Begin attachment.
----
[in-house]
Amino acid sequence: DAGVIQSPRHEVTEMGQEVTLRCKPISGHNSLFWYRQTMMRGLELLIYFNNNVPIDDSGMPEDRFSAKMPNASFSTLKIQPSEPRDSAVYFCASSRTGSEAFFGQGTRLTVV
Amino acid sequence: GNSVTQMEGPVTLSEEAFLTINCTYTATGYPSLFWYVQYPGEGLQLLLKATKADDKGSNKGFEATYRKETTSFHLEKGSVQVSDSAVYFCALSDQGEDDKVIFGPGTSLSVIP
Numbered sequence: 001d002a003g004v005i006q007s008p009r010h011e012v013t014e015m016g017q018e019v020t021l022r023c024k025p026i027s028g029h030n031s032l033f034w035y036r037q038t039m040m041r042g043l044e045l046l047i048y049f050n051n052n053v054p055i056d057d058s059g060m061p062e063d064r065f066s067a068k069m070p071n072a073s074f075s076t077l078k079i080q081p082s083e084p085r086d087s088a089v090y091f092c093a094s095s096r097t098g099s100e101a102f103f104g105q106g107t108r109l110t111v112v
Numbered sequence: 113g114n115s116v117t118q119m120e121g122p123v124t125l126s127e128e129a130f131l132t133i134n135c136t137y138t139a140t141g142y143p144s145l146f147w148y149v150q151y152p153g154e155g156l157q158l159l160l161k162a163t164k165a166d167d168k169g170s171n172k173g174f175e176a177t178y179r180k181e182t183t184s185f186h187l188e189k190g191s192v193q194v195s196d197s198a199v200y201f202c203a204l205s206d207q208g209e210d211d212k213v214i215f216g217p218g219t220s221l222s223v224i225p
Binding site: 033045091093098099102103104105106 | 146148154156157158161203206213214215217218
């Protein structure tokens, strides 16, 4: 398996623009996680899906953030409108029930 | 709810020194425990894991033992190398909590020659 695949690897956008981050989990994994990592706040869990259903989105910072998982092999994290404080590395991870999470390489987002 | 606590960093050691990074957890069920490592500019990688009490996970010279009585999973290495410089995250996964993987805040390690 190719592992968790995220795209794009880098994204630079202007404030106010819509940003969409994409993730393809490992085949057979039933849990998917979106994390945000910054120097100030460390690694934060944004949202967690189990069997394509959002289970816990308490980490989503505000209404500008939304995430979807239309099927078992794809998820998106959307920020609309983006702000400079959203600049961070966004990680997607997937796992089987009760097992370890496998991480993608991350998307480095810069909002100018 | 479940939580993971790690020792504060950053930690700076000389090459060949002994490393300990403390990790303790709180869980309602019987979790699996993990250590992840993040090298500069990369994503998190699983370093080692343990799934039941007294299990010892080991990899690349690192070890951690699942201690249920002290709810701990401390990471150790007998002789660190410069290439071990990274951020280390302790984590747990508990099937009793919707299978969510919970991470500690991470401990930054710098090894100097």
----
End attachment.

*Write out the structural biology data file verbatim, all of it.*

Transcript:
[in-house]
Amino acid sequence: DAGVIQSPRHEVTEMGQEVTLRCKPISGHNSLFWYRQTMMRGLELLIYFNNNVPIDDSGMPEDRFSAKMPNASFSTLKIQPSEPRDSAVYFCASSRTGSEAFFGQGTRLTVV
Amino acid sequence: GNSVTQMEGPVTLSEEAFLTINCTYTATGYPSLFWYVQYPGEGLQLLLKATKADDKGSNKGFEATYRKETTSFHLEKGSVQVSDSAVYFCALSDQGEDDKVIFGPGTSLSVIP
Numbered sequence: 001d002a003g004v005i006q007s008p009r010h011e012v013t014e015m016g017q018e019v020t021l022r023c024k025p026i027s028g029h030n031s032l033f034w035y036r037q038t039m040m041r042g043l044e045l046l047i048y049f050n051n052n053v054p055i056d057d058s059g060m061p062e063d064r065f066s067a068k069m070p071n072a073s074f075s076t077l078k079i080q081p082s083e084p085r086d087s088a089v090y091f092c093a094s095s096r097t098g099s100e101a102f103f104g105q106g107t108r109l110t111v112v
Numbered sequence: 113g114n115s116v117t118q119m120e121g122p123v124t125l126s127e128e129a130f131l132t133i134n135c136t137y138t139a140t141g142y143p144s145l146f147w148y149v150q151y152p153g154e155g156l157q158l159l160l161k162a163t164k165a166d167d168k169g170s171n172k173g174f175e176a177t178y179r180k181e182t183t184s185f186h187l188e189k190g191s192v193q194v195s196d197s198a199v200y201f202c203a204l205s206d207q208g209e210d211d212k213v214i215f216g217p218g219t220s221l222s223v224i225p
Binding site: 033045091093098099102103104105106 | 146148154156157158161203206213214215217218
């Protein structure tokens, strides 16, 4: 398996623009996680899906953030409108029930 | 709810020194425990894991033992190398909590020659 695949690897956008981050989990994994990592706040869990259903989105910072998982092999994290404080590395991870999470390489987002 | 606590960093050691990074957890069920490592500019990688009490996970010279009585999973290495410089995250996964993987805040390690 190719592992968790995220795209794009880098994204630079202007404030106010819509940003969409994409993730393809490992085949057979039933849990998917979106994390945000910054120097100030460390690694934060944004949202967690189990069997394509959002289970816990308490980490989503505000209404500008939304995430979807239309099927078992794809998820998106959307920020609309983006702000400079959203600049961070966004990680997607997937796992089987009760097992370890496998991480993608991350998307480095810069909002100018 | 479940939580993971790690020792504060950053930690700076000389090459060949002994490393300990403390990790303790709180869980309602019987979790699996993990250590992840993040090298500069990369994503998190699983370093080692343990799934039941007294299990010892080991990899690349690192070890951690699942201690249920002290709810701990401390990471150790007998002789660190410069290439071990990274951020280390302790984590747990508990099937009793919707299978969510919970991470500690991470401990930054710098090894100097």